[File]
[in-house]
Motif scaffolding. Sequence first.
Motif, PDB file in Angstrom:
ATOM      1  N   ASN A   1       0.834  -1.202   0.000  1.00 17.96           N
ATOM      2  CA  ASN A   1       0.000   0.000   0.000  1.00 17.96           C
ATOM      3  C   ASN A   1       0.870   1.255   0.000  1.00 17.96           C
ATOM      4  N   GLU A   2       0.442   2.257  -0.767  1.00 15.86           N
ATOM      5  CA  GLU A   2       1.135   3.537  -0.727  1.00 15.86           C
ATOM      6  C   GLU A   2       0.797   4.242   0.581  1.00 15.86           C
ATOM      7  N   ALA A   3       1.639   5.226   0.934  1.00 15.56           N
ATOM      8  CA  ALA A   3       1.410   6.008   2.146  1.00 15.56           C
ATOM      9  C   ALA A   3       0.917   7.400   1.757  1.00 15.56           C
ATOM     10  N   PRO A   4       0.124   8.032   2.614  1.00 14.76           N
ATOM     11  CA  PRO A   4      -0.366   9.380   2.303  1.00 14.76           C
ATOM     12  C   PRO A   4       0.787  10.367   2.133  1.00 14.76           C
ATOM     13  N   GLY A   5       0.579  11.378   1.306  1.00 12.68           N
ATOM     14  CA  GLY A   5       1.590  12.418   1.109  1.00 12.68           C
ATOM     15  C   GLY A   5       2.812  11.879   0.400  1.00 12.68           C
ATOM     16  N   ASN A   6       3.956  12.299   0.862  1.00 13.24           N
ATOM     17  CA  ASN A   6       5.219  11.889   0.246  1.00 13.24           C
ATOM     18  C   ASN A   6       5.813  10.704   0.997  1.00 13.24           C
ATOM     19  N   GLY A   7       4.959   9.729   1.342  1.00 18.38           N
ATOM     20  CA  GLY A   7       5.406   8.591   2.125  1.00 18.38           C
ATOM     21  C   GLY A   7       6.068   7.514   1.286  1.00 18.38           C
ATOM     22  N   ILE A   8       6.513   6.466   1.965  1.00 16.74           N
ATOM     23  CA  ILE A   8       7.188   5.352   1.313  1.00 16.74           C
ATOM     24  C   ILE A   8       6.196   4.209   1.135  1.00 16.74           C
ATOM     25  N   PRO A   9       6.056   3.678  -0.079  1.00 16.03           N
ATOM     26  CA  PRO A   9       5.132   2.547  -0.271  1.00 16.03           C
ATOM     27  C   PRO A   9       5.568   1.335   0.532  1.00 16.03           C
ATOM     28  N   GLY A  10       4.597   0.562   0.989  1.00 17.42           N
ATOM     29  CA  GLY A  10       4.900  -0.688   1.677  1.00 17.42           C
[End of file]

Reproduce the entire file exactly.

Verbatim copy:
[in-house]
Motif scaffolding. Sequence first.
Motif, PDB file in Angstrom:
ATOM      1  N   ASN A   1       0.834  -1.202   0.000  1.00 17.96           N
ATOM      2  CA  ASN A   1       0.000   0.000   0.000  1.00 17.96           C
ATOM      3  C   ASN A   1       0.870   1.255   0.000  1.00 17.96           C
ATOM      4  N   GLU A   2       0.442   2.257  -0.767  1.00 15.86           N
ATOM      5  CA  GLU A   2       1.135   3.537  -0.727  1.00 15.86           C
ATOM      6  C   GLU A   2       0.797   4.242   0.581  1.00 15.86           C
ATOM      7  N   ALA A   3       1.639   5.226   0.934  1.00 15.56           N
ATOM      8  CA  ALA A   3       1.410   6.008   2.146  1.00 15.56           C
ATOM      9  C   ALA A   3       0.917   7.400   1.757  1.00 15.56           C
ATOM     10  N   PRO A   4       0.124   8.032   2.614  1.00 14.76           N
ATOM     11  CA  PRO A   4      -0.366   9.380   2.303  1.00 14.76           C
ATOM     12  C   PRO A   4       0.787  10.367   2.133  1.00 14.76           C
ATOM     13  N   GLY A   5       0.579  11.378   1.306  1.00 12.68           N
ATOM     14  CA  GLY A   5       1.590  12.418   1.109  1.00 12.68           C
ATOM     15  C   GLY A   5       2.812  11.879   0.400  1.00 12.68           C
ATOM     16  N   ASN A   6       3.956  12.299   0.862  1.00 13.24           N
ATOM     17  CA  ASN A   6       5.219  11.889   0.246  1.00 13.24           C
ATOM     18  C   ASN A   6       5.813  10.704   0.997  1.00 13.24           C
ATOM     19  N   GLY A   7       4.959   9.729   1.342  1.00 18.38           N
ATOM     20  CA  GLY A   7       5.406   8.591   2.125  1.00 18.38           C
ATOM     21  C   GLY A   7       6.068   7.514   1.286  1.00 18.38           C
ATOM     22  N   ILE A   8       6.513   6.466   1.965  1.00 16.74           N
ATOM     23  CA  ILE A   8       7.188   5.352   1.313  1.00 16.74           C
ATOM     24  C   ILE A   8       6.196   4.209   1.135  1.00 16.74           C
ATOM     25  N   PRO A   9       6.056   3.678  -0.079  1.00 16.03           N
ATOM     26  CA  PRO A   9       5.132   2.547  -0.271  1.00 16.03           C
ATOM     27  C   PRO A   9       5.568   1.335   0.532  1.00 16.03           C
ATOM     28  N   GLY A  10       4.597   0.562   0.989  1.00 17.42           N
ATOM     29  CA  GLY A  10       4.900  -0.688   1.677  1.00 17.42           C